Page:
Two of our newer team members, Helen Robinson (Speech and Language Therapist) and Jenny Scott (Occupational Therapist) have been busy developing a brand new resource pack for local services. The pack is available from our website here: www.barnsleyhospital.nhs.uk/assistive-technology/files/2015/10/LocalServiceResourcePackv1-300915.pdf
Local Service Resource Guide
The pack is a handy go to guide for professionals working within the field of Assistive Technology, containing one page profiles for AAC and Environmental Control products and resources. This includes; communications aids, switches, computer access peripherals, remote controls, mounting solutions, assessments, toolkits and software.
The products and resources within the pack are those which would usually fall within the remit of local services to provide under the new NHS England Specialised Services commissioning guidelines. We plan to update the pack on a regular basis and adding more products over thee coming months. We hope you find it useful!
Yesterday I gave a presentation at Sheffield Hallam University following an invitation from Dr Peter O’Neill, Senior Lecturer and leader on modules including mobile applications and programming for computing. The students were from the BSc Mobile Application Development course and an MSc Group Project.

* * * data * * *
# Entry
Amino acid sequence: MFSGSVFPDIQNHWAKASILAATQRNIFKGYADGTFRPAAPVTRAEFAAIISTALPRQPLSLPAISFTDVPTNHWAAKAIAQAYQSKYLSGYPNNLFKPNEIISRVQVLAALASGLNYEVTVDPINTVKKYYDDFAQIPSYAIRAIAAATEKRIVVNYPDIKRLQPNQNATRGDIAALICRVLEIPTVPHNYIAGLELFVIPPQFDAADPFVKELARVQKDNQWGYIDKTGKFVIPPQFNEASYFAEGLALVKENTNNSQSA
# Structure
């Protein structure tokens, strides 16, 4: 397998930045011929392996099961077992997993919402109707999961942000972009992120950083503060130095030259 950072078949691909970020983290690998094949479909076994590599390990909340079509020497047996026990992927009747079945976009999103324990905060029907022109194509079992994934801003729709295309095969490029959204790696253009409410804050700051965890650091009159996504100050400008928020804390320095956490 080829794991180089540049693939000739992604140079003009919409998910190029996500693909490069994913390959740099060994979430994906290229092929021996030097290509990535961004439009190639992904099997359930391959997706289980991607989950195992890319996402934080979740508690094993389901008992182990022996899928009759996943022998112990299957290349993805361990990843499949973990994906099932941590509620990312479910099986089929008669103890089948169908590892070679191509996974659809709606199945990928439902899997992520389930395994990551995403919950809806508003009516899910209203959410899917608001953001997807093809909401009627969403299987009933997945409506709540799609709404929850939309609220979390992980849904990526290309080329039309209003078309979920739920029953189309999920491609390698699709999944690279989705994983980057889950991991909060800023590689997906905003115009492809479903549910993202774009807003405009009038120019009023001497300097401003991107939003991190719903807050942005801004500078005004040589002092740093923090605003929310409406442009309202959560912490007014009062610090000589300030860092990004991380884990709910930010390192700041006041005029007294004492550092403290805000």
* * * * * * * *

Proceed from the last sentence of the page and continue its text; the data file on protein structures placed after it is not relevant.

Considering that the audience could be web and app developers of the future, this was an opportunity to remind of the need to design for accessibility. To set the context I explained the role of our service in assessing for and providing electronic assistive technology such as AAC, EC and computer access and described how some of our clients access this technology. An illustration was given of well established methods such as switch access, alternative keyboards, mice, eye gaze, voice recognition, screen reading software and use of inbuilt accessibility features in Windows, iOS and Android.
This lead to highlighting more recent technology developments which have the potential to be used as Assistive Technology – if developed in the right way:
Leap Motion – non contact gesture input from hand and finger movement.
Google Glass – wearable computer and optical head mounted display.
Google 3D Sensors – Project Tango – phone with motion tracking and depth sensing.
Hopefully we enthused the students with the potential of using these novel technologies for Assistive Technology and in thinking accessibility in everything they did.